Sophie, Countess Of Wessex Is Making Royal History Following The Queen's Death

Several key members of the royal family came to the forefront as they gathered to grieve the loss of Queen Elizabeth II. In particular, Kate Middleton and Sophie, Countess Of Wessex wore subtly touching tributes to the queen in the days following her passing. As the Daily Mail reported, both women were photographed wearing prominent silver crucifixes with their solemn, all-black outfits — a nod to Her Majesty's devout Christian faith.

Prince Edward's wife has been working away in the background for years, but Sophie gained prominence as she joined the rest of The Firm in mourning. According to The Mirror, the low-key royal was actually Her Majesty's "favorite." The two women spoke on the phone every day and helped each other through their most difficult moments. Understandably, then, Sophie was heartbroken when the queen passed and even traveled to Balmoral. 

Now that the official mourning period has concluded, the countess is getting back to work, and she's notably making history with her latest royal tour.

Sophie traveled to the Democratic Republic of the Congo to spread awareness

As The Sunday Times's royal editor Roya Nikkhah confirmed on Twitter, Sophie, Countess of Wessex is the first member of the royal family to visit the Democratic Republic of the Congo. The Foreign, Commonwealth & Development Office of the United Kingdom announced in a statement that she traveled there, at their request, to highlight "the devastating impact of sexual and gender-based violence in conflict, while supporting and empowering survivors and tackling the stigma they face."

The countess was accompanied by Lord Ahmad of Wimbledon, the Prime Minister's special representative on preventing sexual violence in conflict, on the trip accordingly. MSN reported the visit, which was in the books for a while prior to Queen Elizabeth II's death, will be tightly controlled due to the ongoing civil conflict in the area. The Daily Mail published photos of Sophie meeting locals, noting she was gifted the Congolese name "Umoja Mama Louise" as a sign of respect.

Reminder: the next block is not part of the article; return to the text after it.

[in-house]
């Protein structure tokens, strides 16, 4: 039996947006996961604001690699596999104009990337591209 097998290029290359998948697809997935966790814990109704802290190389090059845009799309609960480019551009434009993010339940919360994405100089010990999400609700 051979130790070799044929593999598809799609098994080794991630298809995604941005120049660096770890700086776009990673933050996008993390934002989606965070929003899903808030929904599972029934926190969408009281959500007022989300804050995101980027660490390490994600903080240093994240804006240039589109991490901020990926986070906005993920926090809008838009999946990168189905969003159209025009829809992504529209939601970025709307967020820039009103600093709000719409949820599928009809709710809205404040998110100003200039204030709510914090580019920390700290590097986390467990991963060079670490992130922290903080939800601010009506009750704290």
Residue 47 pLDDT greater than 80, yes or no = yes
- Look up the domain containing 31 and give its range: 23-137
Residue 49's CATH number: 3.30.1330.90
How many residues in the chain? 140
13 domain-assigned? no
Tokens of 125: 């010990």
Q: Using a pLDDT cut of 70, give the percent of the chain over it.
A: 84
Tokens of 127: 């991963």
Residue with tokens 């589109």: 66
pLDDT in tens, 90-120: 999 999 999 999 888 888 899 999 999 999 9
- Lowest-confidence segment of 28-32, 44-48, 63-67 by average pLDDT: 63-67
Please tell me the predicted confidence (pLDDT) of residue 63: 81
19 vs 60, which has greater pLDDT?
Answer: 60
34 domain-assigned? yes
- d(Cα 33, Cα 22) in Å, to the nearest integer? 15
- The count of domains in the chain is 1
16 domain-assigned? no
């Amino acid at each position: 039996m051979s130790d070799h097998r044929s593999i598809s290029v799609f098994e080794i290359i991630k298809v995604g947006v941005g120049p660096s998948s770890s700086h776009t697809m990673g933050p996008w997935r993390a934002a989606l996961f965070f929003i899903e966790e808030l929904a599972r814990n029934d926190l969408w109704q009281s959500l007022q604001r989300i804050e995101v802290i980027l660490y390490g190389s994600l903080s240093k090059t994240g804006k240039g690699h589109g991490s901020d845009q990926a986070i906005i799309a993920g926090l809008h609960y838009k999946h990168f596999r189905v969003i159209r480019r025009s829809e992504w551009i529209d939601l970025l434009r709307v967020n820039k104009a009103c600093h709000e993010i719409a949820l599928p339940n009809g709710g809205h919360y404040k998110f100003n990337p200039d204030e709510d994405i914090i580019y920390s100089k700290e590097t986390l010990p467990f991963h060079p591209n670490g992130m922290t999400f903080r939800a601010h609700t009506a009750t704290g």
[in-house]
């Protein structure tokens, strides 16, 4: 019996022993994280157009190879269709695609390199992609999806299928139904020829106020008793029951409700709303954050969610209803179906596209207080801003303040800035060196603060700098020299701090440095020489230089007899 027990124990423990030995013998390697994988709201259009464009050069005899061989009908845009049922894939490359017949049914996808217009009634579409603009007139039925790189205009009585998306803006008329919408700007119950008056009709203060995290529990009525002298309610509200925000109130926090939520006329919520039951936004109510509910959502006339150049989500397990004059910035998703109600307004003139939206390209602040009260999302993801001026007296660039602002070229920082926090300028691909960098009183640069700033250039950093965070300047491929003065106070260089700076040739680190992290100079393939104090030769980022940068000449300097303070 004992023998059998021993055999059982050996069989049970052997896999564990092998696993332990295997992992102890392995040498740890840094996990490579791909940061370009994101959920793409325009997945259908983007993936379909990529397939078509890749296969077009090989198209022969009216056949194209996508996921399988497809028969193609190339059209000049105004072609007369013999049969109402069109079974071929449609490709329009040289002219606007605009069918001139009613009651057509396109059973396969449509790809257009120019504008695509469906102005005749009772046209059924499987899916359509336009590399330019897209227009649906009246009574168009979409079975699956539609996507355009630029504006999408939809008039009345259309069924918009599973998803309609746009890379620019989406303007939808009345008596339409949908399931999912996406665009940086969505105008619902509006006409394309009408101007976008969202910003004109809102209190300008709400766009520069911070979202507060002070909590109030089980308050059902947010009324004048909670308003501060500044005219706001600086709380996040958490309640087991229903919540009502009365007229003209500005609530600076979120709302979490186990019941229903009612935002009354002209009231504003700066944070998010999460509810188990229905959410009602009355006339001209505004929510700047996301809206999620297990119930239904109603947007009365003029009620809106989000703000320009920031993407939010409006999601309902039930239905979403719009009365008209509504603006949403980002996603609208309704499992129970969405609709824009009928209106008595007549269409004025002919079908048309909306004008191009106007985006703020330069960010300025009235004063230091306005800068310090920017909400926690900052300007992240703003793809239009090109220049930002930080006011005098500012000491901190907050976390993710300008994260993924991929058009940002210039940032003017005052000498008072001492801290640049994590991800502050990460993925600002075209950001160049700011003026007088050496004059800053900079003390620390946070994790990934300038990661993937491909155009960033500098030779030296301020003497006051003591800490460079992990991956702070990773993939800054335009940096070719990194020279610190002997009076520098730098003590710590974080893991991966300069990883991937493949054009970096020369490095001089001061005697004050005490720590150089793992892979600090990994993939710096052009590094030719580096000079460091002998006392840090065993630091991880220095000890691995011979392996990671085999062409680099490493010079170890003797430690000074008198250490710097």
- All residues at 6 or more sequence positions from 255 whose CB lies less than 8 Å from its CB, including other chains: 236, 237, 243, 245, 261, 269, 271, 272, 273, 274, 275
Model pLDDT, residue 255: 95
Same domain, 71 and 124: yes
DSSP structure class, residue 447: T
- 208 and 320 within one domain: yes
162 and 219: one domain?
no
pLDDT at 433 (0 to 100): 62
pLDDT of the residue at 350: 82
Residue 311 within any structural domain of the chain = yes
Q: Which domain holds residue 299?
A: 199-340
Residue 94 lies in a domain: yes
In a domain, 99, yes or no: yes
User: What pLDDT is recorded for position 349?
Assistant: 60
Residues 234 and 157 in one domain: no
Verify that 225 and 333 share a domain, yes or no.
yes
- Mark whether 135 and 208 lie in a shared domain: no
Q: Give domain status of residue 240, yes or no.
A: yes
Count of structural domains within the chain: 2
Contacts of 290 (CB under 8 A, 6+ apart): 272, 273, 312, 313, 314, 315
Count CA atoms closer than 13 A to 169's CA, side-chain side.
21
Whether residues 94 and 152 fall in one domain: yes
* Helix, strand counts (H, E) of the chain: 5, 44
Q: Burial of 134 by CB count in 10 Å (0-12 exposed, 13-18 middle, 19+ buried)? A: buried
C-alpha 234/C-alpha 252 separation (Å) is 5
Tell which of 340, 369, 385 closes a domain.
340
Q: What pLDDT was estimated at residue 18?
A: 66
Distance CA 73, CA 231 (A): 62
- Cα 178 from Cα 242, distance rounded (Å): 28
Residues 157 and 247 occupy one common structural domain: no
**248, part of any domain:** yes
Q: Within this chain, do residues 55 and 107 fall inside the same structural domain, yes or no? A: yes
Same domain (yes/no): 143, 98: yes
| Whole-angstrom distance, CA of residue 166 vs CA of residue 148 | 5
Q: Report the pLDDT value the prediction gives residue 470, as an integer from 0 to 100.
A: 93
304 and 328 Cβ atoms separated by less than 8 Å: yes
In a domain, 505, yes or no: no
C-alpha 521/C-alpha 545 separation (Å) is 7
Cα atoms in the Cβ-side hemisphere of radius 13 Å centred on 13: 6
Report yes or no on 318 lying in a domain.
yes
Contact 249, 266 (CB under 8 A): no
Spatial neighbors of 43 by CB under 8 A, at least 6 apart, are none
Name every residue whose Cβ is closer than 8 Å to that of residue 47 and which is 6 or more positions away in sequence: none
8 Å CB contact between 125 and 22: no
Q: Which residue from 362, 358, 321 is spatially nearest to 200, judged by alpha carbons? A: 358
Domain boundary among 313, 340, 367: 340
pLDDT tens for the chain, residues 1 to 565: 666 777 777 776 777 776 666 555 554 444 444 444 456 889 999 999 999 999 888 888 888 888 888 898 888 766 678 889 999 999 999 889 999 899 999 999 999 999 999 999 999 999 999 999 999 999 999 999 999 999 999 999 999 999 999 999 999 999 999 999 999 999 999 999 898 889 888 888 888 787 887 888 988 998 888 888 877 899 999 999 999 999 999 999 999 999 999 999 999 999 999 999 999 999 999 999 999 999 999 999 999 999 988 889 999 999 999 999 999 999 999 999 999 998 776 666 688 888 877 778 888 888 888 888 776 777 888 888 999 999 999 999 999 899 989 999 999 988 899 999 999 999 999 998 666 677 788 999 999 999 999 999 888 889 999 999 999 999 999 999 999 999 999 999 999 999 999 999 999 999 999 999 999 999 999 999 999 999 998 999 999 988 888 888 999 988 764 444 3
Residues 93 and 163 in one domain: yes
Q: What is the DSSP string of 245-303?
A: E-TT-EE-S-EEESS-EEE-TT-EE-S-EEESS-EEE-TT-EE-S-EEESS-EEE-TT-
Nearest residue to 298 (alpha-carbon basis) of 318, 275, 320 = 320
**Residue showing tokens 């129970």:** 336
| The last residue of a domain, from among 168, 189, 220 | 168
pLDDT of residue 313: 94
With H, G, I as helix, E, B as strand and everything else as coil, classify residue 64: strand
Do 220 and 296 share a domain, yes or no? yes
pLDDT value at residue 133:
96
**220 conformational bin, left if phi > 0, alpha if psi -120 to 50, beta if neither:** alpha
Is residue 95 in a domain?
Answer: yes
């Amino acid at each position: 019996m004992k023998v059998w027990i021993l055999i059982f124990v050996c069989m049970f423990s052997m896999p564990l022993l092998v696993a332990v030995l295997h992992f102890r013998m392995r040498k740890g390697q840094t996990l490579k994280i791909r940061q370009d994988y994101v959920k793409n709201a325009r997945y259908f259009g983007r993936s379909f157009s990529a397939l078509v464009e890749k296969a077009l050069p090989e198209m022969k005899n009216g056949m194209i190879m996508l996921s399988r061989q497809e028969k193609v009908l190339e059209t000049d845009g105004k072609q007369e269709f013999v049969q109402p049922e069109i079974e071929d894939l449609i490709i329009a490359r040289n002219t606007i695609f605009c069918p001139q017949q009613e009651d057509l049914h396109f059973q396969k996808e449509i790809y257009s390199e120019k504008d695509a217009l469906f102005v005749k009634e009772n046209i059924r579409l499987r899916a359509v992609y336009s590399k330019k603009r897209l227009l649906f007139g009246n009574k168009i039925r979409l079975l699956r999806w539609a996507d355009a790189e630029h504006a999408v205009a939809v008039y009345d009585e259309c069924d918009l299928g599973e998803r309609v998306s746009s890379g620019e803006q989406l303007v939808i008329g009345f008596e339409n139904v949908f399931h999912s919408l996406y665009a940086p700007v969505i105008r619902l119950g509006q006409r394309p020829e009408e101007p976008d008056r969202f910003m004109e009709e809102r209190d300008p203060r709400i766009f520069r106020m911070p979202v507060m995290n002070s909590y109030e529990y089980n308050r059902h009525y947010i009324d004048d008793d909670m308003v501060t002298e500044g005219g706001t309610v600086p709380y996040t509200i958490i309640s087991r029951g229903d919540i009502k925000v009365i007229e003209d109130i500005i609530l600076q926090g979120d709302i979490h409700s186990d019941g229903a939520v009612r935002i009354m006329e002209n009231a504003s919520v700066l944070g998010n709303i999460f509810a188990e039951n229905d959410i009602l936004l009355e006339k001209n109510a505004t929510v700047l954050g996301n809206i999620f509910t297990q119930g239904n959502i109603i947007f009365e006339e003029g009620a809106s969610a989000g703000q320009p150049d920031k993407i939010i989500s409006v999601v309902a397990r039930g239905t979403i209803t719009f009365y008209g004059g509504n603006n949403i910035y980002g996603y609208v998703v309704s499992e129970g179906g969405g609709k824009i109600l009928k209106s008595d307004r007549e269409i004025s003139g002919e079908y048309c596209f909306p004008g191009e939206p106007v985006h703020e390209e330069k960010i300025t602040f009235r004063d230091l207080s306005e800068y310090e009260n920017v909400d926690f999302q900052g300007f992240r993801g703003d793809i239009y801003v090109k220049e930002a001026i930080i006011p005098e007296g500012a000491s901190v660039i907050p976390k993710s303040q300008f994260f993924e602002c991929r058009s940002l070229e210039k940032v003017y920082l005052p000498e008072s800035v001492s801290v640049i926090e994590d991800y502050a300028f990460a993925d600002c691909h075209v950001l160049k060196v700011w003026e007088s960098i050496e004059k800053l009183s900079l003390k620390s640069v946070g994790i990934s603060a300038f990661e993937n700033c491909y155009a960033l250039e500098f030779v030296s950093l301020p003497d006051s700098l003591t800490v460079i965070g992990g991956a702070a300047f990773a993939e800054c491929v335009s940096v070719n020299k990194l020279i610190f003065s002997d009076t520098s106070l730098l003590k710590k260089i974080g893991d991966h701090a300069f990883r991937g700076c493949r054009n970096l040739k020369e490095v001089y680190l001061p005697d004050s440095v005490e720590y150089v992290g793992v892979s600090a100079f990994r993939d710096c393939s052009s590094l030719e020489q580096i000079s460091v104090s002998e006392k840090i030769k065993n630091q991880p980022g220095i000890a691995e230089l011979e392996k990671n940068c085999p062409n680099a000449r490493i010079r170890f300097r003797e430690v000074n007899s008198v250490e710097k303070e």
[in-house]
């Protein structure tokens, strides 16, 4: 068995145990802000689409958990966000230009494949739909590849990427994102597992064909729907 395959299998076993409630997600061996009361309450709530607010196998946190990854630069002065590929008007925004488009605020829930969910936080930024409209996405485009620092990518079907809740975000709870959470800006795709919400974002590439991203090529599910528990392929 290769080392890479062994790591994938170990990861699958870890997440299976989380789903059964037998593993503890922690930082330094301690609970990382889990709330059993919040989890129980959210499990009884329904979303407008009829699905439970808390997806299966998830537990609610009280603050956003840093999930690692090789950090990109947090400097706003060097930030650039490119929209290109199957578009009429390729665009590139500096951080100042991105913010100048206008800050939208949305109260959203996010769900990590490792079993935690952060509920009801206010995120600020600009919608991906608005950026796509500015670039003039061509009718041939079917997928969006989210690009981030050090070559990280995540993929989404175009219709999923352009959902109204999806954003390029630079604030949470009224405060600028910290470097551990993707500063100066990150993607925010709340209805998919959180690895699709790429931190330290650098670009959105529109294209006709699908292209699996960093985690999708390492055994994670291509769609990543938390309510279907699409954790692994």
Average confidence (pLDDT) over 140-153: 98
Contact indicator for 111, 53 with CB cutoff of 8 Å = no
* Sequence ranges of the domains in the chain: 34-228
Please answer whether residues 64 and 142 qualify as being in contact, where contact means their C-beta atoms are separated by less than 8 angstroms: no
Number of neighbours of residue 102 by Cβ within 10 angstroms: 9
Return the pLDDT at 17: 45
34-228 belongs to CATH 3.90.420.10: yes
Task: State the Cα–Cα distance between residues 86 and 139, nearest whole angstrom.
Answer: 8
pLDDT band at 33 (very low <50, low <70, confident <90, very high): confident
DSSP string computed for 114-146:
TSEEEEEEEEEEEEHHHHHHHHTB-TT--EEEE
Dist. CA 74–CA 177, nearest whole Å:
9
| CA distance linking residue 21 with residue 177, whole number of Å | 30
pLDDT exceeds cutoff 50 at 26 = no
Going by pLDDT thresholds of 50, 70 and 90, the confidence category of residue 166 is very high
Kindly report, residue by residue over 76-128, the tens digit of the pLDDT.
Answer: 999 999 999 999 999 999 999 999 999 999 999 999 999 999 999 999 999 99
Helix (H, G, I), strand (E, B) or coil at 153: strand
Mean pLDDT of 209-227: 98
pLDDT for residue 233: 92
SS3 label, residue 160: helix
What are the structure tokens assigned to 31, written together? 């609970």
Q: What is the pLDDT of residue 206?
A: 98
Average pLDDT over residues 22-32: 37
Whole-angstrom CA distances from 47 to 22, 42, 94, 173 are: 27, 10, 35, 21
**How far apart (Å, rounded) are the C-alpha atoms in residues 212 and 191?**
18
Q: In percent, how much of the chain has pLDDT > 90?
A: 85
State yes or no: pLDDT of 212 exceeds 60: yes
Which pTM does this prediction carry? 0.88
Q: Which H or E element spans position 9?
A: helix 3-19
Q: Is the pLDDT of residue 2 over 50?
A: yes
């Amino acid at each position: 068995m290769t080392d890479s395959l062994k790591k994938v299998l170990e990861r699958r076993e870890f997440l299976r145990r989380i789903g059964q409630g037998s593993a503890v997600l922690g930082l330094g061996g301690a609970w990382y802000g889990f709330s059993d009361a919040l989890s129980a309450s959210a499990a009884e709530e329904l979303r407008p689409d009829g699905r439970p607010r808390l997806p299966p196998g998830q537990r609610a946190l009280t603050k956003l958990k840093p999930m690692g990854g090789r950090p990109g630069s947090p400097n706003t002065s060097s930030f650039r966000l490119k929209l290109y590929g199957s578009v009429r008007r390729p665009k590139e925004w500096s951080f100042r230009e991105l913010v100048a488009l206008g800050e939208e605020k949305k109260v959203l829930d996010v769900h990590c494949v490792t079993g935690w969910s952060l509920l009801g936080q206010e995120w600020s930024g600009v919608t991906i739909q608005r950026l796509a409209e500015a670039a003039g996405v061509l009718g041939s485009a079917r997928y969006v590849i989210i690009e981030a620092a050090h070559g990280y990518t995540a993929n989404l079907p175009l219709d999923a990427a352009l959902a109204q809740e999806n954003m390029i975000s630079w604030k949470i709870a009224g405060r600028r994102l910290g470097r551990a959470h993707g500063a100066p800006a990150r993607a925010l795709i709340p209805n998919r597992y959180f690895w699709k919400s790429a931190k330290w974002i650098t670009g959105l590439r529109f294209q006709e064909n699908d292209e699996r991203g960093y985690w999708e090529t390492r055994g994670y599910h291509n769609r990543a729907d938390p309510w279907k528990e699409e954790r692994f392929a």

Back in 2019, the countess committed herself to help Britain confront the devastating issues faced by victims of rape and sexual assault in conflict-stricken areas. "Every story I am told is pushing me forward. I feel obligated to tell people this is happening — it is their story to tell and I support them," Sophie explained at the time (via Daily Mail).

The Countess of Wessex had a key role in the royal family after the queen's death

Sophie, Countess of Wessex was distraught following the death of Queen Elizabeth II. But, while she was mourning the loss, Sophie also ensured the rest of the royal family was ably supported as best she could. As lawyer Pranav Bhanot, who was present at the long-reigning monarch's state funeral in Westminster Abbey, told People: "The Countess of Wessex was incredible. I saw her putting her arm around three or four people."

Bhanot added, "She really seemed to be the person keeping the family together." In fact, Sophie even consoled bishops who were upset at the gravity of the day, and the Princess of Wales, who also shed a few tears during the ceremony. "Sometimes you have that one strong person in a family who's kind of keeping everyone together. To me, it seemed like Sophie was that person today," he stated. "It seemed that she really was very strong."

Moreover, the Countess of Wessex reportedly tried to make peace with Meghan and Harry. According to the Mirror, in Katie Nicholl's book, "The New Royals," the royal expert revealed she reached out several times to the couple, in an effort to convince them to reconsider leaving the family. Sophie, who traveled with Meghan from Westminster Hall to Buckingham Palace last month, per Us Weekly, felt they could connect over being "outsiders."